For many people consuming a post workout protein shake has become an after gym ritual. Still there’s some controversy about what type of protein to take and when to drink your shake. The two most common types of shakes are casein (a slow acting protein typically found in mammalian milk) and whey (a fast acting protein that is a by-product of dairy production like cheese). Fortunately a Danish study at Institute of Sports Medicine Copenhagen has provided some interesting information.
In the study 17 men were split up into 3 groups a control group that got supplemented with water, a group administered 20 g whey, and another that received 20 g of casein. The men in the study were asked to do 10 sets of 8 reps on a leg extension machine and immediately supplemented with the control or protein dosage after the last set. The results showed that in the first 3 hours after intake the muscle protein production was higher in the whey group than the casein group and in the last 3 hours it was higher in the casein group. Over the course of the 6 hours the total muscle group was about the same.
A potential inference someone can take from this study is that if they’re looking to maximize muscle protein synthesis after a workout, supplementation of either whey and casein simultaneously after a workout or supplementing whey in two 3 hour intervals post workout will be effective methods in ensuring the highest possible levels of cellular muscle protein synthesis.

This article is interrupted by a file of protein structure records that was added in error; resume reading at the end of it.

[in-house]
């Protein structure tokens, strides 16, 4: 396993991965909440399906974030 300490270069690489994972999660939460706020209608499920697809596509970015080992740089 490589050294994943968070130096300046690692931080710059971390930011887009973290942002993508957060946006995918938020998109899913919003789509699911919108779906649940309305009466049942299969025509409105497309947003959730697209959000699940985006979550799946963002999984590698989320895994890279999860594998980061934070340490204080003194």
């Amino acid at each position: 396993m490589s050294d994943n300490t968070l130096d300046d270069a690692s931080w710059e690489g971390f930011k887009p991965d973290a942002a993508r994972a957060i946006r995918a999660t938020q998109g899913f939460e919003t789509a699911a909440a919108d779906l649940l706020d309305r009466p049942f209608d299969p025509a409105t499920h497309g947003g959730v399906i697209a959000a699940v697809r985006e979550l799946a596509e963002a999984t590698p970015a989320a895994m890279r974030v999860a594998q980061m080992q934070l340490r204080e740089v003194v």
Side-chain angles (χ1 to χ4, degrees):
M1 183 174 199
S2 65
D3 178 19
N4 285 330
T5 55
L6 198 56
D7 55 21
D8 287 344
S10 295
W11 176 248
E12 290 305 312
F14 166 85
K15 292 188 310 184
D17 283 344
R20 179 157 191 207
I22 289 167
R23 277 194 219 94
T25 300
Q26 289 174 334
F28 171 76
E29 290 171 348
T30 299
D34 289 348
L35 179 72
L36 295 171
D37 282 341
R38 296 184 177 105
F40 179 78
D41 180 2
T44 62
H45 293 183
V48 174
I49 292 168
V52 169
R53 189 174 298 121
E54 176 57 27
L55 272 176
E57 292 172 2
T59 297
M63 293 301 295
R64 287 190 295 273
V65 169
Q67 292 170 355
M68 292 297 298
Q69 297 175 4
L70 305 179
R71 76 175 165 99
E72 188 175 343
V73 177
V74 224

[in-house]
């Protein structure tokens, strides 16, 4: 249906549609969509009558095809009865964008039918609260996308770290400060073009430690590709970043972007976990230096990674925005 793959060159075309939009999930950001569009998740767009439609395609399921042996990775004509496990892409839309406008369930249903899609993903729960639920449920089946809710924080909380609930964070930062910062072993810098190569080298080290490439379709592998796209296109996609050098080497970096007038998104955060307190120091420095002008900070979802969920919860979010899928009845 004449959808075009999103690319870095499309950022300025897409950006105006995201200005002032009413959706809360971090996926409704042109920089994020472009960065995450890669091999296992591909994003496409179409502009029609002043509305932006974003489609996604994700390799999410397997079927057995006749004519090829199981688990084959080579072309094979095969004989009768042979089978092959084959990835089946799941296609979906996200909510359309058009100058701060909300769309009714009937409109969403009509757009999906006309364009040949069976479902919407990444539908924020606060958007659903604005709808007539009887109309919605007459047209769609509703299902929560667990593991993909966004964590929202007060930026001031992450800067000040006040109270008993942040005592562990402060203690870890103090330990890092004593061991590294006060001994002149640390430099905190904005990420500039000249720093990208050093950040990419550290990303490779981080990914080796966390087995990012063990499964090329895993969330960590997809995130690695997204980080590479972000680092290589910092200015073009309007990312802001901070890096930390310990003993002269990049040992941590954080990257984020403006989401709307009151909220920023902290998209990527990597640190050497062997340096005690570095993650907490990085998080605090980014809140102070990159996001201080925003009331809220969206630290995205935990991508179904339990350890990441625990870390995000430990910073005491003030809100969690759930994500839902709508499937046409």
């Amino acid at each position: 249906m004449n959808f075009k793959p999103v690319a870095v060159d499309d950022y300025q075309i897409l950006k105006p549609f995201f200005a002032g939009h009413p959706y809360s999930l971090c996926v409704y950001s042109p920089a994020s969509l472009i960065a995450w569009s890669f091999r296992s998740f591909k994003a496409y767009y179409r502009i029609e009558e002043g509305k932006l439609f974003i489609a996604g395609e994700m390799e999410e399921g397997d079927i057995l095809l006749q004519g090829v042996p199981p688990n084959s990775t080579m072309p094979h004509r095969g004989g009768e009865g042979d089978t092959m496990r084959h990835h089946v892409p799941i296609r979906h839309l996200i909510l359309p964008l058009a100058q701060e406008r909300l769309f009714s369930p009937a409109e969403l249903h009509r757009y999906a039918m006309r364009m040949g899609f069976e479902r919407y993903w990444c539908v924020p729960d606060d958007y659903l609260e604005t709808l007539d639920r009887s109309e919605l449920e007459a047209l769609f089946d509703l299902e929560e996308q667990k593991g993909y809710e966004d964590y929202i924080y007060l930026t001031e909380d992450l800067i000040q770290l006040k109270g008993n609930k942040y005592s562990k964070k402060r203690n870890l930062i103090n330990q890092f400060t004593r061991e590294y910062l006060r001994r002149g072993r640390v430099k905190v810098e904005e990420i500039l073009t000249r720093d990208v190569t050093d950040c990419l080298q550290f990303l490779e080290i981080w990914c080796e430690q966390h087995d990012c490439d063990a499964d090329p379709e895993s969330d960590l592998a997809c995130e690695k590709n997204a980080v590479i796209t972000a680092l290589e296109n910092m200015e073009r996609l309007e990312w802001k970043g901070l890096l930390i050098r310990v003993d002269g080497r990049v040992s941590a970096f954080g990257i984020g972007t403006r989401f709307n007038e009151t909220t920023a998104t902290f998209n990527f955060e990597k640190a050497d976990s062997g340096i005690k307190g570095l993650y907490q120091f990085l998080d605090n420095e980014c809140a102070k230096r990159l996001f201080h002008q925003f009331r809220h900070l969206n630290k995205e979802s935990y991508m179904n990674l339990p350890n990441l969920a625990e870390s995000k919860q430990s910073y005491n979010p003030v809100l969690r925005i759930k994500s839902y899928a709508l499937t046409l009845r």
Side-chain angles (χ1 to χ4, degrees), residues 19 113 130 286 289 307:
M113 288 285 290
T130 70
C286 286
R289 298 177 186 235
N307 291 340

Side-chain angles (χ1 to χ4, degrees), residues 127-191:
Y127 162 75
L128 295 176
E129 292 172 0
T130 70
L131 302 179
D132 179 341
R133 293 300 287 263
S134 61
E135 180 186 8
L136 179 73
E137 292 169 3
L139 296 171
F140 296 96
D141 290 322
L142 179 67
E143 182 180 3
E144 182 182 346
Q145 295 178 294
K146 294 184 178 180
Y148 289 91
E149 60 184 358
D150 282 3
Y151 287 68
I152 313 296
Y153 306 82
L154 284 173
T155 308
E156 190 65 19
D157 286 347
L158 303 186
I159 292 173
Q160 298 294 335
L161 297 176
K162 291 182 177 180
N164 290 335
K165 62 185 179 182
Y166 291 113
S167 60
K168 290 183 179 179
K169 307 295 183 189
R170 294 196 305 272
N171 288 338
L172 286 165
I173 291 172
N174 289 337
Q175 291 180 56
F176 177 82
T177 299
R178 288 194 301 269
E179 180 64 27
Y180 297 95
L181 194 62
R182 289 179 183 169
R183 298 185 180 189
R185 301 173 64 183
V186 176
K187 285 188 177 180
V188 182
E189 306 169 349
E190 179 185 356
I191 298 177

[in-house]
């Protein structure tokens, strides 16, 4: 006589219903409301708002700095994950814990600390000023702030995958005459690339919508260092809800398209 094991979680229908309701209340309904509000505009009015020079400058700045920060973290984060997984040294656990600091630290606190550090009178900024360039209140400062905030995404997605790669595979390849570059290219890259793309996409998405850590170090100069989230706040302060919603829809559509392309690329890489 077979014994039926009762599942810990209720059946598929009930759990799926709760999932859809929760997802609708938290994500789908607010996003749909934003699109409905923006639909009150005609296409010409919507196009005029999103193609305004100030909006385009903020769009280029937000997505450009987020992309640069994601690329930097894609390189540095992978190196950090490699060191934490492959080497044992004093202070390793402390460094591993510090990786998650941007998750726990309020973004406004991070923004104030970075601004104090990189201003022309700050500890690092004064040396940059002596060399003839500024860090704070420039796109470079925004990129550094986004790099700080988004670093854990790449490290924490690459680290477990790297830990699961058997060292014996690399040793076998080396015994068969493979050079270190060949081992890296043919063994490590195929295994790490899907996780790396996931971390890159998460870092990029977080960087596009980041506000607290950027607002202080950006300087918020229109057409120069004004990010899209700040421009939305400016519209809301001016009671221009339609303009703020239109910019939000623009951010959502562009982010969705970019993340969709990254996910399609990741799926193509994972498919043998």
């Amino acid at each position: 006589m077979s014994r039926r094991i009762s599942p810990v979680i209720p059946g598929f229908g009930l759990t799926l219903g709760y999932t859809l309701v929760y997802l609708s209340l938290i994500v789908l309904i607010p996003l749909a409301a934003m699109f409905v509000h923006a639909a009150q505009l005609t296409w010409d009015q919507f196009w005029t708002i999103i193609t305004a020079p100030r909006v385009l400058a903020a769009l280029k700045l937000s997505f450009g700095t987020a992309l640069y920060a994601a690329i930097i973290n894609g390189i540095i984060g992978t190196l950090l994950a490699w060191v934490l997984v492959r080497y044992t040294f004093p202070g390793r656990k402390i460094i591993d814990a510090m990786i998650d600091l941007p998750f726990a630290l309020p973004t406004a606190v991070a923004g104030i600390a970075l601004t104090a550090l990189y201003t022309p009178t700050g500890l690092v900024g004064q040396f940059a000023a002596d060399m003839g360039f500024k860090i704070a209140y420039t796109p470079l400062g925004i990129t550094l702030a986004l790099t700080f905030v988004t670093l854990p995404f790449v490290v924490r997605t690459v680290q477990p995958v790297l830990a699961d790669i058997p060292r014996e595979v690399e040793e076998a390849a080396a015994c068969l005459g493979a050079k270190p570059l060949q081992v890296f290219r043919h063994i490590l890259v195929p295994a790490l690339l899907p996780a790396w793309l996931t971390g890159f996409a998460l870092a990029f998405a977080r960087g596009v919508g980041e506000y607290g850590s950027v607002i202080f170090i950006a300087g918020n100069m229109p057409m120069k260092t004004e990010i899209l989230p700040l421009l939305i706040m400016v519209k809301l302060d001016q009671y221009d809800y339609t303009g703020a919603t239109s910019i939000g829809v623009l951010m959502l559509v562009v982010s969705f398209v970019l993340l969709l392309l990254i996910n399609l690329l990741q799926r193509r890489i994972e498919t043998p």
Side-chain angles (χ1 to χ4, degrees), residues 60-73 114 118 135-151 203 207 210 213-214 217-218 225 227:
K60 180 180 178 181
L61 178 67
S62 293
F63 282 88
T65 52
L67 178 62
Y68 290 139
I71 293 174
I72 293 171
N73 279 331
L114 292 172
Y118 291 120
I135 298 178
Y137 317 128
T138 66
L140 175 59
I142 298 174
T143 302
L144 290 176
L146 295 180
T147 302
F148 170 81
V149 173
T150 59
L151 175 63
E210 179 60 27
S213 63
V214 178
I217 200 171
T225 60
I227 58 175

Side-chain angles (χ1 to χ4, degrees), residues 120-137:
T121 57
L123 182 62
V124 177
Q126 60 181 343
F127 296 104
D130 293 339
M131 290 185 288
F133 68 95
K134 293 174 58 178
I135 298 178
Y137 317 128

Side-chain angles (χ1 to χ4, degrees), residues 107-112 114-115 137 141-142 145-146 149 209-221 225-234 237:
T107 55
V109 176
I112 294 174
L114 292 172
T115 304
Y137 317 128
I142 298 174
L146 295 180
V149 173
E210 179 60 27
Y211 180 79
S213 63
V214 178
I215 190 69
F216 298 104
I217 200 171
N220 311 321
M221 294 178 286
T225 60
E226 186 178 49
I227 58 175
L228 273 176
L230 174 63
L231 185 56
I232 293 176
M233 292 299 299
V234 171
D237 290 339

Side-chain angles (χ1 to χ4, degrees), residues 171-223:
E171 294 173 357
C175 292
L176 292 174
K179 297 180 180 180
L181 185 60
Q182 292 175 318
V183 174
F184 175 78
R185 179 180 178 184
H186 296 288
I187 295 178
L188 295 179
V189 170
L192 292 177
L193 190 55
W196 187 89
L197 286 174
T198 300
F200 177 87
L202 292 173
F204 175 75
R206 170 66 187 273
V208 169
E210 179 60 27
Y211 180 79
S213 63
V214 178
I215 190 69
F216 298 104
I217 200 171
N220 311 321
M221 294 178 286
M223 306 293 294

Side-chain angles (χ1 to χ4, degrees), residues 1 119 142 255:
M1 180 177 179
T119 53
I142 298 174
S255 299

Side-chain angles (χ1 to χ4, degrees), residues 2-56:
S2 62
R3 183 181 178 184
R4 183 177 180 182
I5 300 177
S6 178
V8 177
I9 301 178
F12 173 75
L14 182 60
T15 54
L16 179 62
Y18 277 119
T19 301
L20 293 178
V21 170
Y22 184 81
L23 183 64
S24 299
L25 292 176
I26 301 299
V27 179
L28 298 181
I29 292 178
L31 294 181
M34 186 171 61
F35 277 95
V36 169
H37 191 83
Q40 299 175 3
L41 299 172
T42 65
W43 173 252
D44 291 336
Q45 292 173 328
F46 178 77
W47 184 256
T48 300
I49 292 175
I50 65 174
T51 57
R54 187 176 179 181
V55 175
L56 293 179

Reitelseder, S., Agergaard, J., Doessing, S., Helmark, I., Lund, P., Kristensen, N., . . . Holm, L. (2010). Whey and casein labeled with L-[1-13C]leucine and muscle protein synthesis: Effect of resistance exercise and protein ingestion. AJP: Endocrinology and Metabolism.
About the Author
Erick Avila, owner of www.ergogenichealth.com a company that provides individualized training programs and nutritional consultations for athletic events and weight loss. Erick works as a strength & conditioning coach/nutritionist with a variety of professional boxers including two ranked in the top 50 of their respective weight divisions. He’s experienced having worked in both sport and clinical settings, with focuses ranging from general weight loss to hormonal optimization. Erick has bachelors degrees in Exercise Science & Nutritional Science.